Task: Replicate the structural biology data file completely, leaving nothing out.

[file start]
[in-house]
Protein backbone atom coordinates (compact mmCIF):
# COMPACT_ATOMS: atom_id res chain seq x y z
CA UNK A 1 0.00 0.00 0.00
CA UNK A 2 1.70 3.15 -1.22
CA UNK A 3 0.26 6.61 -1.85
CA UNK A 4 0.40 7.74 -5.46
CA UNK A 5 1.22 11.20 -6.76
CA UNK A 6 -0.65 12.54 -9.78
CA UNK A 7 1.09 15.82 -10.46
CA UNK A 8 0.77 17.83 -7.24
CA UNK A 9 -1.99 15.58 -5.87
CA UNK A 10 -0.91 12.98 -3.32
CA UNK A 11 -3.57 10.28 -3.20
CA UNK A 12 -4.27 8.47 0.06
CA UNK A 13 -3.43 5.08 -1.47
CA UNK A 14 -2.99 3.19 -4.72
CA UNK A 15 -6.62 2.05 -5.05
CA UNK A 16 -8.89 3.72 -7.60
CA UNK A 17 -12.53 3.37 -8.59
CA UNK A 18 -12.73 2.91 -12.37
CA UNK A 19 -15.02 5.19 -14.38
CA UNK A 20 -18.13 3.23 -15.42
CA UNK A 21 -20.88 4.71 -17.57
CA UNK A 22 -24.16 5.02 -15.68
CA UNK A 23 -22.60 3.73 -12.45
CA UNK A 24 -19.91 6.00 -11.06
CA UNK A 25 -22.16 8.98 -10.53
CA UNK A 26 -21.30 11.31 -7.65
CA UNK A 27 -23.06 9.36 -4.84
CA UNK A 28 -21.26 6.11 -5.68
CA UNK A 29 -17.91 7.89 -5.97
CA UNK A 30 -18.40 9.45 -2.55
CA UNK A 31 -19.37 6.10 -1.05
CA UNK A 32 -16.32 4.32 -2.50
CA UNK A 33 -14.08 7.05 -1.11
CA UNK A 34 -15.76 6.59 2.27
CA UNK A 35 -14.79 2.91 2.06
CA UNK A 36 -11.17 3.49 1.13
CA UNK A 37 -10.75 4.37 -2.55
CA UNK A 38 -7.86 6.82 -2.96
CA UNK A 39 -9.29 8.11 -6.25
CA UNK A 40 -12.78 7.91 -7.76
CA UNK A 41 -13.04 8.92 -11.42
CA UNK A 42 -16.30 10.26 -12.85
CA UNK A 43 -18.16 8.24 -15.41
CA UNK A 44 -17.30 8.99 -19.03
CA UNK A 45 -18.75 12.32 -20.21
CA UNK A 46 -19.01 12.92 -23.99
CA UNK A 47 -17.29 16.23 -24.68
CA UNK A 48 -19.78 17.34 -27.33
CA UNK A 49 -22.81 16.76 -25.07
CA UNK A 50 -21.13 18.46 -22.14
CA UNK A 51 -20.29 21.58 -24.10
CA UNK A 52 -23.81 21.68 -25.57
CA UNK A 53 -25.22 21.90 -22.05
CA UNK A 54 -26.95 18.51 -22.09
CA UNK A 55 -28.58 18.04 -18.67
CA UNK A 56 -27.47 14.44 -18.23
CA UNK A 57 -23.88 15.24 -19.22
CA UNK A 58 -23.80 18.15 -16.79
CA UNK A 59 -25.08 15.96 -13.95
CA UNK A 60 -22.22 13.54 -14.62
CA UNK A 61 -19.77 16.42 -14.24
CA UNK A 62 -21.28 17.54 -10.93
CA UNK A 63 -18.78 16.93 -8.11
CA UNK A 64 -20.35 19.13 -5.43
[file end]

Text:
[in-house]
Protein backbone atom coordinates (compact mmCIF):
# COMPACT_ATOMS: atom_id res chain seq x y z
CA UNK A 1 0.00 0.00 0.00
CA UNK A 2 1.70 3.15 -1.22
CA UNK A 3 0.26 6.61 -1.85
CA UNK A 4 0.40 7.74 -5.46
CA UNK A 5 1.22 11.20 -6.76
CA UNK A 6 -0.65 12.54 -9.78
CA UNK A 7 1.09 15.82 -10.46
CA UNK A 8 0.77 17.83 -7.24
CA UNK A 9 -1.99 15.58 -5.87
CA UNK A 10 -0.91 12.98 -3.32
CA UNK A 11 -3.57 10.28 -3.20
CA UNK A 12 -4.27 8.47 0.06
CA UNK A 13 -3.43 5.08 -1.47
CA UNK A 14 -2.99 3.19 -4.72
CA UNK A 15 -6.62 2.05 -5.05
CA UNK A 16 -8.89 3.72 -7.60
CA UNK A 17 -12.53 3.37 -8.59
CA UNK A 18 -12.73 2.91 -12.37
CA UNK A 19 -15.02 5.19 -14.38
CA UNK A 20 -18.13 3.23 -15.42
CA UNK A 21 -20.88 4.71 -17.57
CA UNK A 22 -24.16 5.02 -15.68
CA UNK A 23 -22.60 3.73 -12.45
CA UNK A 24 -19.91 6.00 -11.06
CA UNK A 25 -22.16 8.98 -10.53
CA UNK A 26 -21.30 11.31 -7.65
CA UNK A 27 -23.06 9.36 -4.84
CA UNK A 28 -21.26 6.11 -5.68
CA UNK A 29 -17.91 7.89 -5.97
CA UNK A 30 -18.40 9.45 -2.55
CA UNK A 31 -19.37 6.10 -1.05
CA UNK A 32 -16.32 4.32 -2.50
CA UNK A 33 -14.08 7.05 -1.11
CA UNK A 34 -15.76 6.59 2.27
CA UNK A 35 -14.79 2.91 2.06
CA UNK A 36 -11.17 3.49 1.13
CA UNK A 37 -10.75 4.37 -2.55
CA UNK A 38 -7.86 6.82 -2.96
CA UNK A 39 -9.29 8.11 -6.25
CA UNK A 40 -12.78 7.91 -7.76
CA UNK A 41 -13.04 8.92 -11.42
CA UNK A 42 -16.30 10.26 -12.85
CA UNK A 43 -18.16 8.24 -15.41
CA UNK A 44 -17.30 8.99 -19.03
CA UNK A 45 -18.75 12.32 -20.21
CA UNK A 46 -19.01 12.92 -23.99
CA UNK A 47 -17.29 16.23 -24.68
CA UNK A 48 -19.78 17.34 -27.33
CA UNK A 49 -22.81 16.76 -25.07
CA UNK A 50 -21.13 18.46 -22.14
CA UNK A 51 -20.29 21.58 -24.10
CA UNK A 52 -23.81 21.68 -25.57
CA UNK A 53 -25.22 21.90 -22.05
CA UNK A 54 -26.95 18.51 -22.09
CA UNK A 55 -28.58 18.04 -18.67
CA UNK A 56 -27.47 14.44 -18.23
CA UNK A 57 -23.88 15.24 -19.22
CA UNK A 58 -23.80 18.15 -16.79
CA UNK A 59 -25.08 15.96 -13.95
CA UNK A 60 -22.22 13.54 -14.62
CA UNK A 61 -19.77 16.42 -14.24
CA UNK A 62 -21.28 17.54 -10.93
CA UNK A 63 -18.78 16.93 -8.11
CA UNK A 64 -20.35 19.13 -5.43